As mentioned above, I loathe the fact I have to let someone know of my whereabouts. It sets some really dark thoughts festering at the back of your mind. I’m also aware that not everyone has someone who can just check in on them or fetch the at the drop of the hat.
In the absence of an available rescuer there are a few really decent safety features on apps out there. Strava Beacon and Garmin Live track being a couple of examples. Both allow GPS tracking of your location which then is able to be relayed to an emergency contact.
Not everyone will have access to these devices, however, in which case it’s important to have a designated contact you can rely on to know where you’re heading and how long you’ll be. Even if you’re in a densely populated area, it’s just sensible.
Input routes you feel comfortable running on route plotting apps like Strava and Komoot. Make the public so other runners can follow your lead in finishing the best, and safest, nighttime routes in their areas. Although, be prepared to lose your Local Legend crown this way!
Ok, scary talk now
Long hair? Tie it up in a bun or in a style flat to your head, or tuck it into your clothes. I’ve avoided talking about attacks so far because I’m not one to want to spread fear amongst the community – I want my work to be about positive awareness. However, in the rare event that you do find yourself being attacked you want there to be as little for the perpetrator to hold on to as possible. Serious talk but it’s important I mention it.
Report anything or anyone unnerving or suspicious to the authorities. Even if you weren’t approached there may be a pattern negative experiences in the area. The more accounts that are reported the more likely it is to be investigated. This pre-emptive measure may just save someones life in the future.
Ring a ding ding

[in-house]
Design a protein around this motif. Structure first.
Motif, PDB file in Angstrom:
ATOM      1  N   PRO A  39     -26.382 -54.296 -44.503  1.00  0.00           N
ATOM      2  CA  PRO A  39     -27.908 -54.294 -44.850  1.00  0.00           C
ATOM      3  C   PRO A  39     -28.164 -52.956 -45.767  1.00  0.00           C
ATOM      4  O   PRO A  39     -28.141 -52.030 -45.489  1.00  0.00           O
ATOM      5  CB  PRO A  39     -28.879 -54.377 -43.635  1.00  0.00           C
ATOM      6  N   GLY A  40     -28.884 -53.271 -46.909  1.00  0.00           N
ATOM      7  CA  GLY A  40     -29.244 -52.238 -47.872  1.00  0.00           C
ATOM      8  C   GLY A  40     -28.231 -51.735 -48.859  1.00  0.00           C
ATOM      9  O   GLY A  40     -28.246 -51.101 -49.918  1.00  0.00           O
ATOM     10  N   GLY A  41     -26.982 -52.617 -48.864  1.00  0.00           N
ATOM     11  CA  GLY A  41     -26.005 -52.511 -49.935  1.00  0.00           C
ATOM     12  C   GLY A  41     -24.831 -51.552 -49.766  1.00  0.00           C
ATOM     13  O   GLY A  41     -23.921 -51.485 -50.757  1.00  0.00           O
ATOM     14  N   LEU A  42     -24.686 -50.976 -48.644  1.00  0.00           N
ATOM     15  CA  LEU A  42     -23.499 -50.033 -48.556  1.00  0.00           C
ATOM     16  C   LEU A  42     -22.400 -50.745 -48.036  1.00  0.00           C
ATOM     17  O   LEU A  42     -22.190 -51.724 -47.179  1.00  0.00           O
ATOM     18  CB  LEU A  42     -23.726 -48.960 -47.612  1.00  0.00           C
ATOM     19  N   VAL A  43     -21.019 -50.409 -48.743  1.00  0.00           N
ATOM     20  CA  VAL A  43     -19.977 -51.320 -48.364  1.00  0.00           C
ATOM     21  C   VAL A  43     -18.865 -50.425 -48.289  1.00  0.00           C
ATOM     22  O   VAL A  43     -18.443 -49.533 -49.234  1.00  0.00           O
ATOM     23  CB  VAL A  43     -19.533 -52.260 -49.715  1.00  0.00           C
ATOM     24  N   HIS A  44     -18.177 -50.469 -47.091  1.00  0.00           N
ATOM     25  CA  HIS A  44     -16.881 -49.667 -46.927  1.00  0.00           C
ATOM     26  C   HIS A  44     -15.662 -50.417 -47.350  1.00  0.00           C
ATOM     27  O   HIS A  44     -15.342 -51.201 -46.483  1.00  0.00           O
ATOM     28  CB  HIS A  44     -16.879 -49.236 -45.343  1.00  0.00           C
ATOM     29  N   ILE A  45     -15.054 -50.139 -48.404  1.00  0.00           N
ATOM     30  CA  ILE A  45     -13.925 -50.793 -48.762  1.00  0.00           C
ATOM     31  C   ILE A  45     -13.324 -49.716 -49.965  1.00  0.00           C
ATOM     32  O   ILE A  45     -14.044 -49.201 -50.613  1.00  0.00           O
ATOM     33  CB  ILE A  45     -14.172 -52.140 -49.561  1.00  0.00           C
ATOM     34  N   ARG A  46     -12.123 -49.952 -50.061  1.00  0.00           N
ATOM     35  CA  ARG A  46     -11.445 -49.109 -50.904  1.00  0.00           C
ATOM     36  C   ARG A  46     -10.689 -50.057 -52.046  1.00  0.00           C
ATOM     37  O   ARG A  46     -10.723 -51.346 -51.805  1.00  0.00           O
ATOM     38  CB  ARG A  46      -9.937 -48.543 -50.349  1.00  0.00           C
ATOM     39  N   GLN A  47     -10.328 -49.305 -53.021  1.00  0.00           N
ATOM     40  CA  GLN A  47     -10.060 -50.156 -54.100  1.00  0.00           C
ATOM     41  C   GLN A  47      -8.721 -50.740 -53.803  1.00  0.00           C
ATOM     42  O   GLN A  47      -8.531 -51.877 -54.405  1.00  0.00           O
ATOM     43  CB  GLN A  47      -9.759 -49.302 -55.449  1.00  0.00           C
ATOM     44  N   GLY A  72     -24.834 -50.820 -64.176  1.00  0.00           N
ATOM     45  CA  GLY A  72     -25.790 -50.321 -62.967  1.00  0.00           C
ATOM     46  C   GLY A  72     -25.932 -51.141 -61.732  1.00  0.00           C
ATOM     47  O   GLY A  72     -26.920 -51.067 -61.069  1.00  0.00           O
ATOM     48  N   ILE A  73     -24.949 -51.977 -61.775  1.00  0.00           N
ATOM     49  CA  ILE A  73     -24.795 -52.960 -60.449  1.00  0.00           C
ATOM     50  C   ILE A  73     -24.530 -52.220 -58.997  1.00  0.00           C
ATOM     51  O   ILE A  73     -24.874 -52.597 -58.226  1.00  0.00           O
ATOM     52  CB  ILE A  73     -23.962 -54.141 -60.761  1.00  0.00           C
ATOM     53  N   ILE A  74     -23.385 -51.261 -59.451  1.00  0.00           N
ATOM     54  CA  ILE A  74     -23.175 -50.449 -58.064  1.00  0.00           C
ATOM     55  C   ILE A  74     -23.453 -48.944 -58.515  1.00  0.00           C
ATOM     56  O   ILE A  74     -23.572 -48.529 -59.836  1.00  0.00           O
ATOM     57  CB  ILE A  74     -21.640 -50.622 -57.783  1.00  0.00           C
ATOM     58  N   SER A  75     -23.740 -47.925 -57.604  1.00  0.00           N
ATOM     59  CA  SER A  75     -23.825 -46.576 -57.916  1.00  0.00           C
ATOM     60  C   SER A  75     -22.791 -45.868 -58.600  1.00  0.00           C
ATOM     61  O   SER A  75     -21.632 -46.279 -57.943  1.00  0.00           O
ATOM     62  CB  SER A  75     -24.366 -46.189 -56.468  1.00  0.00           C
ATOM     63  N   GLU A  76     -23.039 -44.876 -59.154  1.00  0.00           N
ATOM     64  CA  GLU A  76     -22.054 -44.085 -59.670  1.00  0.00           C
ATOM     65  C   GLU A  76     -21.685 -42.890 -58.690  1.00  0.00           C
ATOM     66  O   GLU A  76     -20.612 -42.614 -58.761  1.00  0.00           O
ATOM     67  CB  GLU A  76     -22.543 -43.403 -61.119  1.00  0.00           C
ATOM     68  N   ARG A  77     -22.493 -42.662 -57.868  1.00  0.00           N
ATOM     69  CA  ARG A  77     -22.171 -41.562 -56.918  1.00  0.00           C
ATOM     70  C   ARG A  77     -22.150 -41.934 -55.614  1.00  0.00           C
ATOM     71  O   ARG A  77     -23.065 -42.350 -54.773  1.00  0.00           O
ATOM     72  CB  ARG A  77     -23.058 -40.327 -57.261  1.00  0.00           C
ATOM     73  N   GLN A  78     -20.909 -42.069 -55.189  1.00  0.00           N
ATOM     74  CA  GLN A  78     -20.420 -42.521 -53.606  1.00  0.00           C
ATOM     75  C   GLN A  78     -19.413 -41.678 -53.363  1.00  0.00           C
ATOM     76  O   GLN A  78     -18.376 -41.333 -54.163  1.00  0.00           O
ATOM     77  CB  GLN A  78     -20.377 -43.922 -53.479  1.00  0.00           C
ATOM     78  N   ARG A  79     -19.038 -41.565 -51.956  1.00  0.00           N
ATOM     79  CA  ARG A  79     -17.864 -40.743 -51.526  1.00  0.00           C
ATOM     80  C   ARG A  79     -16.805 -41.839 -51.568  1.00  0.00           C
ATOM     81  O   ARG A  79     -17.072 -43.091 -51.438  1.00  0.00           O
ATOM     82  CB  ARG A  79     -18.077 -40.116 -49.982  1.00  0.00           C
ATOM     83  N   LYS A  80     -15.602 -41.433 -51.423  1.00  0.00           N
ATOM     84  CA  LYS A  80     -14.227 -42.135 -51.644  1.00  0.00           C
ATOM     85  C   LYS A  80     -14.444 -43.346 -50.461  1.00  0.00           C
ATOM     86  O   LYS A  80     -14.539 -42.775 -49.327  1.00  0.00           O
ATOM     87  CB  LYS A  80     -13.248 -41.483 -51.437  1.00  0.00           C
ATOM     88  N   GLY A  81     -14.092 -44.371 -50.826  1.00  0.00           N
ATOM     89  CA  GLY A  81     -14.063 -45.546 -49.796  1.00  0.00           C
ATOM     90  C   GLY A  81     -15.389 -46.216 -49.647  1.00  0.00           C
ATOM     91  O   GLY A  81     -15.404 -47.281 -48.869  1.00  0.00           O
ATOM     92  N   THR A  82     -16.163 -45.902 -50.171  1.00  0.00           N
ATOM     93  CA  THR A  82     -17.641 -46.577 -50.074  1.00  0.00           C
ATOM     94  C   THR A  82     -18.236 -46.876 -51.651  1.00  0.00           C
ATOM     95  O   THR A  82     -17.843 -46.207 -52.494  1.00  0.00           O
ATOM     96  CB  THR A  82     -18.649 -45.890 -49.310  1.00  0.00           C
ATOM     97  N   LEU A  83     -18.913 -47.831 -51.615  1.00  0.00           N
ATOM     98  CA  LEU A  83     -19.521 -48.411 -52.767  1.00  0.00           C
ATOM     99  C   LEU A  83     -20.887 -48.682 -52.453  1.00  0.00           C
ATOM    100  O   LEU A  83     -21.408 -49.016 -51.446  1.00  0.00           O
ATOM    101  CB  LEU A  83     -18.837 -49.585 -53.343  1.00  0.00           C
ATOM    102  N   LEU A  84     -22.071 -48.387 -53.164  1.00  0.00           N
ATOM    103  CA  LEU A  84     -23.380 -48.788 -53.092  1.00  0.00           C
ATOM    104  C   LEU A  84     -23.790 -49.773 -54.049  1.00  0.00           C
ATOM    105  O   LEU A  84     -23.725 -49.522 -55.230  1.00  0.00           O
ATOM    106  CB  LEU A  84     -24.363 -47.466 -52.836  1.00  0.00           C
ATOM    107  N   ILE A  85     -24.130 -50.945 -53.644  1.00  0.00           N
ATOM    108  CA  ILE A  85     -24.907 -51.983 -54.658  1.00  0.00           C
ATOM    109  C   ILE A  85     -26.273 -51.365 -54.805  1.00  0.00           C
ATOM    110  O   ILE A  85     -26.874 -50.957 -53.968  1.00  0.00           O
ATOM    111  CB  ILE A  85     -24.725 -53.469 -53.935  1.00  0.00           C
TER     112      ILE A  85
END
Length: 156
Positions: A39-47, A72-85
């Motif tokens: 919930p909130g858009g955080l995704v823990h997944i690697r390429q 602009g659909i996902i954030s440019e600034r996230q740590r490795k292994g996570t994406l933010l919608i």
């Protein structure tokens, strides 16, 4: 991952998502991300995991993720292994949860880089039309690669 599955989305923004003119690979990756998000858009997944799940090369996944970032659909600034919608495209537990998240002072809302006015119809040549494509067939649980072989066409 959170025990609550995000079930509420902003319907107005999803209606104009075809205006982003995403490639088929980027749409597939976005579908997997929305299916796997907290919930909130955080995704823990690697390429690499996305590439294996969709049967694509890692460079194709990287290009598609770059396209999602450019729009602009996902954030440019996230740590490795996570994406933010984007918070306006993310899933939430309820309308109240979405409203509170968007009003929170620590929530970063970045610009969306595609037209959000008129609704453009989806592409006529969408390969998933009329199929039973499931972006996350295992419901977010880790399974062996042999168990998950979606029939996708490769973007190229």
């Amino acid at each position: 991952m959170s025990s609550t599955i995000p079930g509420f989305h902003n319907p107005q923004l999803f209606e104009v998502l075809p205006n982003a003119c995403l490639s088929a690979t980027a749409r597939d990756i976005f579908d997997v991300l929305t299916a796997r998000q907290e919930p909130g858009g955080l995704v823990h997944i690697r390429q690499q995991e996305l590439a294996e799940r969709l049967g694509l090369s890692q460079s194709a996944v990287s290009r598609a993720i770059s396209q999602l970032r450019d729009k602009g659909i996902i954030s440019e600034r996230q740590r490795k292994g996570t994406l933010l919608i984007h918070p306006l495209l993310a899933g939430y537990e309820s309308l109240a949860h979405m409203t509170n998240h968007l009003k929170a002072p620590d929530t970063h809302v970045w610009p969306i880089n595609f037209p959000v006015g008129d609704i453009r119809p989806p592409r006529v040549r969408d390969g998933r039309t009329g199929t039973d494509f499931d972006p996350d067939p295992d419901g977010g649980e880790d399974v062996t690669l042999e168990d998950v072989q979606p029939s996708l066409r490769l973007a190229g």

I never leave to run without my phone 80% because I’m a millennial with a hardcore screen time addiction, 10% selfies and 10% safety. Ok, maybe the safety aspect is a bit higher.
Phones are a blessing, not a curse. And for the negatives they carry (additional weight, distracting) their benefits for safety vastly outwit any reason not to carry them.
Whether its contacting your partner to come and get your after a crappy run, google maps aiding your poor navigation or contacting the authorities in the worst case scenarios they are bloody brilliant.
On more than one occasion I’ve used mine as a prop to pretend to be having a chinwag with a distant pal when there’s been someone passing who’s let off bad vibes “I’ll be home in 5 minutes, see you then”.
They’re additional peace of mind in every way.
Oh and podcasts, love a podcast. Kept to a low volume in the dark, of course. Got to be aware of your surroundings.
Apps such as Safe&TheCity allow you to track and plot safe commute routes, find your nearest emergency services and report action of public harassment. Anywhere from poor street lighting to being harassed by a passer by, you can live time track your experience. By building up a map of areas of concern we are able to help others take the safest route to their destination whilst also alerting the appropriate authorities of any risk or incident. Isn’t technology amazing!
We can’t stop the imbalance in runners safety over night.
It takes graft, time and activism.
But most importantly, it takes action from the community to recognise what makes us feel unsafe and act in the interest of each other.
The smallest actions such as giving each other a wide berth when we pass, making our presence known sooner, rather than later, and being aware of others vulnerabilities will go a long way toward community safety.
As runners we need to incentivise this action ourselves. Until our peers safety and comfort is our priority there will continue to be imbalance and injustice. Speak to each other and listen to experiences other than your own. Educate yourself and act on these stories.
As the evenings creep forward slowly and the days inch longer gradually it’s important not to forget these tips.
Not everyone has the privilege of running in safe, well lit, neighbourly areas.
Be kind and accept that you may not entirely know anothers cirumstance.
Act, speak and run with understanding.
Run with kindness.